In the residence halls and apartments on campus, students may gather for studying and socializing in public areas, within space occupancy limits and including masks and physical distancing. Smaller events for floor communities can be planned within COVID guidelines as well. Visitors to students' rooms and apartments will continue to be restricted as we work to ensure that the downward trend continues, but we hope to open to room visitors soon. More details on the lifting of residential restrictions will be outlined in a separate email to on-campus residents.
Our collective efforts to help slow the spread of COVID-19 are working. As we assess the impact of these measures, we are eager to continue to roll out phased, incremental changes that will allow us to return to the aspects of living and learning on campus that we all appreciated before this most recent spike in cases.
We will continue to update the campus on a weekly basis as to what new steps have and will be taken on the road to a return to a more normal campus life. You can expect the next update to come on Tuesday, March 2 as we return to our regular Tuesday CRT update schedule.
In the meantime, we encourage everyone to stay the course and to keep doing the things we know to be effective in stopping the spread of the virus: wear face coverings, maintain physical distance, and adhere to health and safety protocols.
Other Important COVID-Related Updates
We also want to provide a couple of quick updates on other matters connected to COVID-19 and our all-campus response.
First, our Quarantine Care Campaign has been a big success, and due to many generous donations, we are now able to offer a starter pack of high-quality supplements at the low cost of $10 to those diagnosed with COVID-19. The retail value of these supplements is $78, but with the wholesale discount we are receiving, and the donations that have come in, the cost to students has been reduced to just $10.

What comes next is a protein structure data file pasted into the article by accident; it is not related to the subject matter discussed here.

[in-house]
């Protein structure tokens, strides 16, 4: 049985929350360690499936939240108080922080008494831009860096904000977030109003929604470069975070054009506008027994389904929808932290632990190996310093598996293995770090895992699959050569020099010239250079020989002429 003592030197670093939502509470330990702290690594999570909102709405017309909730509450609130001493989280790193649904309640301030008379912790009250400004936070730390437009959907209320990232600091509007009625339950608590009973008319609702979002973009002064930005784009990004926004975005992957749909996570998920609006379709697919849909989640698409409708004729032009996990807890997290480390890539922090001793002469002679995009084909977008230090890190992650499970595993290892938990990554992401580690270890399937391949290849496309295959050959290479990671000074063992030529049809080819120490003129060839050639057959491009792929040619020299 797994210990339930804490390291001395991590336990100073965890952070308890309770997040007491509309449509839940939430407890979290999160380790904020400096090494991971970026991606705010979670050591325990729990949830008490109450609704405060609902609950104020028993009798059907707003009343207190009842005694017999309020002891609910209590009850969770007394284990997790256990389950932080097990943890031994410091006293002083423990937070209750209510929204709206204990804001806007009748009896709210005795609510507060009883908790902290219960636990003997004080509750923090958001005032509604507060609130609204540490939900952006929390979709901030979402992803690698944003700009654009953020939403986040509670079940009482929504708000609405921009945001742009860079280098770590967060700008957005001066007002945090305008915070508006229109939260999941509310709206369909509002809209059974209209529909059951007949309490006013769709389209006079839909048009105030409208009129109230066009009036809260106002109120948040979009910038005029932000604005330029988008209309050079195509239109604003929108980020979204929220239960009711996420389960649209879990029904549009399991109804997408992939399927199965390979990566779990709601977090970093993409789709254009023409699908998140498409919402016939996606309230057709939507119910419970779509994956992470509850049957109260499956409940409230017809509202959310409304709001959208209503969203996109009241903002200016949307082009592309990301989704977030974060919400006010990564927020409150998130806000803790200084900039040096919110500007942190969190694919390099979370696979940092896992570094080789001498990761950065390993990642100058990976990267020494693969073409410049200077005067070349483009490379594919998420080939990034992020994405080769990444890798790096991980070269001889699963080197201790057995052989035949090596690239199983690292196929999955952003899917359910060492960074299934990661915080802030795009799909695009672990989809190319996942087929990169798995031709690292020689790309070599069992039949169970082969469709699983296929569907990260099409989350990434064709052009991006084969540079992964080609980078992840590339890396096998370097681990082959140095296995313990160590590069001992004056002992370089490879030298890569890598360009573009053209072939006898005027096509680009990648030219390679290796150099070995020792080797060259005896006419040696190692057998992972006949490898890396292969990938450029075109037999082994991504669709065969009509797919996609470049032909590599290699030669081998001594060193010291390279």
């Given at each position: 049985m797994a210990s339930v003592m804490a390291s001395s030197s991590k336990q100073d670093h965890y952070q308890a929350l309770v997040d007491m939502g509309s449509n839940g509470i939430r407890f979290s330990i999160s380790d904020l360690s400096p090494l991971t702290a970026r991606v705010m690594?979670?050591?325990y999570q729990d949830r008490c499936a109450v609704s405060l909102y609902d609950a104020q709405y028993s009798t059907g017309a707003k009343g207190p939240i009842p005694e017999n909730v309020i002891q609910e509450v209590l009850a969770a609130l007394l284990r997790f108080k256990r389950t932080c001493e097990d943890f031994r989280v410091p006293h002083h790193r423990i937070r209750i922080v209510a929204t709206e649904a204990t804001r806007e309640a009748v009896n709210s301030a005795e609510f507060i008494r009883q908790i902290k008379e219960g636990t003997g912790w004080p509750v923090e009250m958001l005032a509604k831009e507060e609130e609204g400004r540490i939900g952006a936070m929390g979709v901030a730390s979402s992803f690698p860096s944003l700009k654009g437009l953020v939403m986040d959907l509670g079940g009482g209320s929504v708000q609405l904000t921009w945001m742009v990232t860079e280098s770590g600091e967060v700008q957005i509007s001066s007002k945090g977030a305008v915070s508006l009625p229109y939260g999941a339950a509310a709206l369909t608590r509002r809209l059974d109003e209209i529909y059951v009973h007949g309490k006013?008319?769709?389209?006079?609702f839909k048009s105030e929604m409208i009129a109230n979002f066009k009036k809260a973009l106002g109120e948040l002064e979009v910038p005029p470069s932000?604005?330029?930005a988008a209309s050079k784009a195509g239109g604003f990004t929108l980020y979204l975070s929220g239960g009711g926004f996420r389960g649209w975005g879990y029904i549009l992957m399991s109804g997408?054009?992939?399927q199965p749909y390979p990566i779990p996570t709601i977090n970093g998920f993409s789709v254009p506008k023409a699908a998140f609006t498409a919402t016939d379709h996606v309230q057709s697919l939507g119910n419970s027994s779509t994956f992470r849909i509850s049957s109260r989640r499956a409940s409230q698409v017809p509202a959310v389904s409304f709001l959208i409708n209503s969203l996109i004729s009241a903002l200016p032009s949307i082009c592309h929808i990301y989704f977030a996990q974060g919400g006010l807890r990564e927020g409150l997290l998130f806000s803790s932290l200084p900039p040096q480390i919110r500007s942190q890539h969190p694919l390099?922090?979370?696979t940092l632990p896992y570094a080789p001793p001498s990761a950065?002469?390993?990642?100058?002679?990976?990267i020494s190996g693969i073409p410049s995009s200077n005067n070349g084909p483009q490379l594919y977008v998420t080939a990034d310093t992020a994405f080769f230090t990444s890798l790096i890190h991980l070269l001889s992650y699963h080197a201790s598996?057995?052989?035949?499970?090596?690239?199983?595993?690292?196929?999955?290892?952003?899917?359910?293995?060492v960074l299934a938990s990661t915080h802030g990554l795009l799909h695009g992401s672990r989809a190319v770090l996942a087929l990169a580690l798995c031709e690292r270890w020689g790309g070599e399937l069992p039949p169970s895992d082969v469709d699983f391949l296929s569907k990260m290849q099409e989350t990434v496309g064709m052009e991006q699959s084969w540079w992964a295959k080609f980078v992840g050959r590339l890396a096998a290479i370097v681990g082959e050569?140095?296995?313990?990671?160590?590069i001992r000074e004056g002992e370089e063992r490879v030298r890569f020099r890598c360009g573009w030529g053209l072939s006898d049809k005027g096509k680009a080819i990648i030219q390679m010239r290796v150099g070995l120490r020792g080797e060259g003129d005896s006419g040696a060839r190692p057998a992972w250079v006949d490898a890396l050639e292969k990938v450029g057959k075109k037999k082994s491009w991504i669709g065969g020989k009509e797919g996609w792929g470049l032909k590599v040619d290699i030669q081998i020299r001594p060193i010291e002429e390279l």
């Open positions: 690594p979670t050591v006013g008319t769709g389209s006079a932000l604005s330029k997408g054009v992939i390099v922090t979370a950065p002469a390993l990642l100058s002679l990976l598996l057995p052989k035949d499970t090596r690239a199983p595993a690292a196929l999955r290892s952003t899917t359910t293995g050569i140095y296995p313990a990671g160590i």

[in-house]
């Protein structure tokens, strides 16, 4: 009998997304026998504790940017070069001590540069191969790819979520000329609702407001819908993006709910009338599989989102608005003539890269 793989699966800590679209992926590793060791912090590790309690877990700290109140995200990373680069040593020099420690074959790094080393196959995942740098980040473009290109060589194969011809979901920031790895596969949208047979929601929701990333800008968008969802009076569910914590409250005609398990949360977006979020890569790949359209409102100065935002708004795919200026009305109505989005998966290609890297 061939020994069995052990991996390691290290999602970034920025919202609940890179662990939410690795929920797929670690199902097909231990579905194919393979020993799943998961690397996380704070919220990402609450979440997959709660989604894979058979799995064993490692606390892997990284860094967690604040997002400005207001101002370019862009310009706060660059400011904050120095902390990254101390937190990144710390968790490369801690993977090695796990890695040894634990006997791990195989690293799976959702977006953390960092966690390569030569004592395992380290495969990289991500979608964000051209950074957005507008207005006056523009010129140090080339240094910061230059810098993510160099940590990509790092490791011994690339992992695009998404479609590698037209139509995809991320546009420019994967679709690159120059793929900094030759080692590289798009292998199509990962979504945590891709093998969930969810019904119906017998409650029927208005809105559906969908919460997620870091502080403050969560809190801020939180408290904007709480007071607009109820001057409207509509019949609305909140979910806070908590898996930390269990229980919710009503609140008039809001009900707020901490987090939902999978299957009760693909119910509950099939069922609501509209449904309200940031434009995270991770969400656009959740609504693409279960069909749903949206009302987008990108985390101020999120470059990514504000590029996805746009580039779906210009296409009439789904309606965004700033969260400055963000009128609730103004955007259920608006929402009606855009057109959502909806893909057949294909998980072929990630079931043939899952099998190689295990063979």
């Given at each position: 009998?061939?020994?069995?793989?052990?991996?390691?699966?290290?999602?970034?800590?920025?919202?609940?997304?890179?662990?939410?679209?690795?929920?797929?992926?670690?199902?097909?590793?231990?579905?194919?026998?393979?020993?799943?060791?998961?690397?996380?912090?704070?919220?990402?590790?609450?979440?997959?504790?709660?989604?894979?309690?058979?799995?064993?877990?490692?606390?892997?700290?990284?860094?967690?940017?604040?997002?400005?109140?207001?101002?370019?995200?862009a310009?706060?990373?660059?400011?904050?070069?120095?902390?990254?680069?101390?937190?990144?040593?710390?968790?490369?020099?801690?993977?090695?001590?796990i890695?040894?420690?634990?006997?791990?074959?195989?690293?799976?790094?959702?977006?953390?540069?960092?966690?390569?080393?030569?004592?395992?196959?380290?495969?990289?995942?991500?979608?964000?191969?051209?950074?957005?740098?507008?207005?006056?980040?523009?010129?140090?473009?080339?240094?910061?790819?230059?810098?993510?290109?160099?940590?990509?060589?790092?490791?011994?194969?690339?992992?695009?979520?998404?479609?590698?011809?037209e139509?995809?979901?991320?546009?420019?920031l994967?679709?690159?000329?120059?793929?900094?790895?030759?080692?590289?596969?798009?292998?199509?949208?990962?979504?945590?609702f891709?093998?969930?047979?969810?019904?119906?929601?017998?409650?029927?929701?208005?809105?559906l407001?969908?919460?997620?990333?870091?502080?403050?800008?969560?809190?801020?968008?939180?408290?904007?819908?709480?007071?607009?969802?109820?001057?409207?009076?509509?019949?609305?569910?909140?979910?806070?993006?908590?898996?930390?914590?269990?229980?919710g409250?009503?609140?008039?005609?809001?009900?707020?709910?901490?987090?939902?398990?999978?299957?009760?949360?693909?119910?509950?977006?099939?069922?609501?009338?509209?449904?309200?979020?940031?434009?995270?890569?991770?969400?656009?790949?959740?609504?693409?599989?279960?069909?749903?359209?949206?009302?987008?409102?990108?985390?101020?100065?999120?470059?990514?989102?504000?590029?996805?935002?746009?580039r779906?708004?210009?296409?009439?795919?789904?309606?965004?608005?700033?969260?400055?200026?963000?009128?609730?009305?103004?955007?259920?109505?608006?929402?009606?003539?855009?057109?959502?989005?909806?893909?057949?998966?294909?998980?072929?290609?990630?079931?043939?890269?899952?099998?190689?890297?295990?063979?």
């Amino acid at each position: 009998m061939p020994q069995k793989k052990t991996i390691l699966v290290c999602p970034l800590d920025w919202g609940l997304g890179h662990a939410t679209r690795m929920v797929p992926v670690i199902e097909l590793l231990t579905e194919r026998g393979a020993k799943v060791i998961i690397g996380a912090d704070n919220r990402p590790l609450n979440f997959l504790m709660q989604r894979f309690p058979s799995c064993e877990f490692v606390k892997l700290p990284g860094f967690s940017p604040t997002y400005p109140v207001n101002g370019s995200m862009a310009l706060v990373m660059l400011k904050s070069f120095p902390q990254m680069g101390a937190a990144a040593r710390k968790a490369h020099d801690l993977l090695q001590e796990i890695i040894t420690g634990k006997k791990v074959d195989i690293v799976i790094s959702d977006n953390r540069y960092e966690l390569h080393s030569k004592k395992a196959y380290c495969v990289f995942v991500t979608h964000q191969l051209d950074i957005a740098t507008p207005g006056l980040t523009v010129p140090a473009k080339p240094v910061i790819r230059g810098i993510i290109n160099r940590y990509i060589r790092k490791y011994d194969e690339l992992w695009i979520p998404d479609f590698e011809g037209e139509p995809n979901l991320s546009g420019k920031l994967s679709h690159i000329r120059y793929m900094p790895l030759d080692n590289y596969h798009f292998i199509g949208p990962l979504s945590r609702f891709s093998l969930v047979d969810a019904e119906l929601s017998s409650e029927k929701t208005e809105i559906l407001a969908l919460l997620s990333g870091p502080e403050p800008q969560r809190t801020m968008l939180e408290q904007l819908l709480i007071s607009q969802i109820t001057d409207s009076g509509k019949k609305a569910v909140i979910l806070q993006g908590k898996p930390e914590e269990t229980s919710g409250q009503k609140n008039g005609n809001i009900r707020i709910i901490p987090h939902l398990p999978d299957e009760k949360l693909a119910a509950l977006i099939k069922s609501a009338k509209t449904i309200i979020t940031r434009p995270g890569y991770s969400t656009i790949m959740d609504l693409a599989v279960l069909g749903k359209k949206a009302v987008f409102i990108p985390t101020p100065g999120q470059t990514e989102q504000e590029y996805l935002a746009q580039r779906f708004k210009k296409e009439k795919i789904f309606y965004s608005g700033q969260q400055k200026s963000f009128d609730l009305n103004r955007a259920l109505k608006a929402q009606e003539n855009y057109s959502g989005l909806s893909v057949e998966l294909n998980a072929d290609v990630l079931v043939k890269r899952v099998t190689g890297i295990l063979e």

We continue to receive inquiries from those who would like to contribute to this effort, and financial gifts are still being accepted to help reduce the cost of peak flow meters, incentive spirometers, and pulse oximeters as well as supplemental vitamins recommended for our students with COVID-19. Those who wish to contribute may make a gift at calvin.edu/go/give (please designate “Quarantine Care Campaign").
Second, our surveillance testing program for asymptomatic students is set to return on Wednesday (Feb. 24). Last semester, we found this random testing of students without COVID symptoms to be an important tool in our work to slow the spread of the virus on campus. This testing helped us identify people who had COVID-19 but did not yet have symptoms and did not know they were contagious.
This testing is meant for people who do NOT have COVID-19 symptoms. Students who are symptomatic should continue to report their symptoms through #CampusClear and the Health Services patient portal. Same-day testing appointments are available Monday-Friday for sick students as indicated by CDC guidelines, so reporting through these tools is still the best and fastest way to be scheduled for a COVID test and other diagnostic tests in the early stages of illness.
Thanks for your attention to this update, and thanks to all for the continued strong communal response in the fight against COVID-19. We are in this together!
Stay healthy, stay strong, stay safe.
The COVID-Response Team
Phil de Haan
Todd Hubers (co-chair)
Sarah Visser (co-chair)